It’s no big secret that atheists on the left have taken Islam in under their wing. The loudest voice of Islamic apologetics in the West comes not from Muslims themselves, but from secularists whose pro-feminist, pro-choice, pro-gay ideologies seem in conflict with the religion of Islam. Yet although their conclusions may differ, many of their assumptions are surprisingly similar, particular when they pertain to Christianity.
Both Islam and secular atheism are post-Christian ideologies. Today’s new atheists descend from predominately Christian societies, never arising in Muslim, Hindu, Buddhist, etc. cultures. They resent their parent Judeo-Christian ideology as much as Muslims resent Jews and Christians. In coming to their post-Christian conclusions, they operate under several common assumptions. Ironically, in trying so hard not to believe Christianity, what they end up believing about Christianity is demonstrably false. While there are certainly many more commonalities, the Top 5 that I’ve identified are:
1. Paul changed the Christian message from the teachings of Christ to the religion we know today.
This assumption appeals to Muslims because they want to believe Jesus was a prophet but not the Son of God and definitely not God. Muhammad never mentioned Paul either way, but using him as a scapegoat for the deification of the prophet Jesus has been a convenient way to reduce Jesus to just a man. For this same reason, it appeals to atheists who don’t have the audacity to deny a historical Jesus altogether, but need a reason to explain how Jesus the moral teacher became Jesus the Lord and Savior. At first glance, it does seem like a legitimate question. Flipping through the New Testament from the Gospels into the Pauline Epistles, one will certainly notice the difference in Paul’s tone and writing.
But the reality is, the chronological narrative of our New Testament is not the same as the literary chronology. The Gospels were written well after the conversion of Paul, when his epistles were already in circulation. Luke was originally combined with Acts, so the accounts of Paul and Christ were always connected. There never was a church with a scriptural tradition that did not accept them both. Many people erroneously believe that Paul never quotes Christ, but that’s just not true (in fact, Paul references a lot of material in Matthew that I’ll cover at a later time). If one was going to try to make this argument, they simply couldn’t do it with the present canon, which brings us up to the 2nd myth:
2. Books that belonged in the Bible were removed in the Nicene Council.
The theological differences between the Qur’an and the New Testament are too big to be blamed solely on Paul. The injil (gospel) referenced in the Qur’an cannot be the same as the Gospels in the Bible, since Muhammad never quotes the canonical Jesus and rejects both the crucifixion and the resurrection. On the other hand, Muhammad does quote non-canonical sources like the Infancy Gospel of Thomas (Qur’an 3:49, 19:29) and the Gospel of Pseudo-Matthew (Qur’an 19:22). It’s a reasonable conclusion for Muslims to conclude that their “real” gospel isn’t in the Bible at all, and atheists like this assumption because it suggests the religion of Christianity as we know it today is actually just derived from a piecemeal collection of texts unrelated to the original message.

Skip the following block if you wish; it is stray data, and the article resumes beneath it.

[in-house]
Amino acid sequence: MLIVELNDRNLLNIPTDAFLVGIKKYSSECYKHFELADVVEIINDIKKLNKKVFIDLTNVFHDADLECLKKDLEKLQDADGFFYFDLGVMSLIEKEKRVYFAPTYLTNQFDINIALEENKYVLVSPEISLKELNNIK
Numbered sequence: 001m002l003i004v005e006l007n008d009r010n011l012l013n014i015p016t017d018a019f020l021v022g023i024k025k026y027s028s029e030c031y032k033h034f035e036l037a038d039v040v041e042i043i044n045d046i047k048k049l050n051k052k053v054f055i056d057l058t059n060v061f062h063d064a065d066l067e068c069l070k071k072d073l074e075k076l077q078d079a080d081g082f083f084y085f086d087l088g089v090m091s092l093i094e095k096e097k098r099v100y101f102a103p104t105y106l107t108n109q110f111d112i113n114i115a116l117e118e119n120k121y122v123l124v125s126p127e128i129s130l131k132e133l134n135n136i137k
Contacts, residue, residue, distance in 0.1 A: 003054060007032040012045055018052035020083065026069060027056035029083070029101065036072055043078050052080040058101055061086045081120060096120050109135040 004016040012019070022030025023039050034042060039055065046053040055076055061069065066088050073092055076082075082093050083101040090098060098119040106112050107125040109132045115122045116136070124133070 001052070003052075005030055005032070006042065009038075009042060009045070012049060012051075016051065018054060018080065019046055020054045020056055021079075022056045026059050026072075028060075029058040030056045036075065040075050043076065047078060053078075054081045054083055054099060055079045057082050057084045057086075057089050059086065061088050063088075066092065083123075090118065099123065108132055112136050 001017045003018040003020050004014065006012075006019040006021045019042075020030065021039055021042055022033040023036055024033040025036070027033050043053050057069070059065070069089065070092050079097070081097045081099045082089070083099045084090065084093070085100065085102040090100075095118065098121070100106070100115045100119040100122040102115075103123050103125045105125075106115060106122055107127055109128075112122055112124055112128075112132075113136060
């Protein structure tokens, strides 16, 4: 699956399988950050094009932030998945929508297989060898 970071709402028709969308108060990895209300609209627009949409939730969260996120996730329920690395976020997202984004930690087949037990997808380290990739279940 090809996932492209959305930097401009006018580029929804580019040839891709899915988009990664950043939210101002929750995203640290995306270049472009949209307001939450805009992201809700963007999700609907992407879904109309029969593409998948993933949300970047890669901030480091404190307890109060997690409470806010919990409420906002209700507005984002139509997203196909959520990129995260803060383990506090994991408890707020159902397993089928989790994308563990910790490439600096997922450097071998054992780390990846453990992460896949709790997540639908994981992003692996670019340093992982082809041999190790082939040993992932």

For reasons I can never figure out, these critics always seem to point to the Council of Nicaea as the point when the allegedly corrupted canon was settled. This in itself is easily refuted because the Nicene Council had nothing to do with canonization, but what about these “other” gospels? This argument really doesn’t help the Muslims because they agree with the Jesus in these non-canonical books even less than they do with the one in the Gospels. Of all the heterodox sexts in the first Christian centuries–gnosticism, sabellianism, arianism, basilidianism, etc.–none of them concur with Islamic theology, let alone Islamic Christology. Ironically, the book that does seem to be an agenda-driven mixed bag of various sources is actually the Qur’an. The books of the New Testament were acknowledged by the Church Fathers (Clement, Eusebius, Ireneaus) well before the 4th century, and aside from some questionable works like the Shepherd of Hermas, 1 Clement, or the Epistle of Barnabus that fell into disuse, the canon as we know it today has persisted through history intact. Contrary to what atheists seem to think, Christians don’t just believe everything that’s written. Unable to diminish the integrity of the canon, the only recourse left is to question the accurateness of the existing canon.
3. There are too many versions of the Bible to know what it really means anymore.
Muslims don’t really want to throw out the Gospels altogether. They do like to claim that the Paraclete in the Gospel of John is a prophecy of the coming of Muhammad, but they don’t like the Christological content in the rest of John. Their solution is to argue that the Bible has been copied and translated too many times too many times to be reliable anymore. The ones who really know nothing about manuscript evidence or translation just say there are too many versions of the Bible and leave it at that.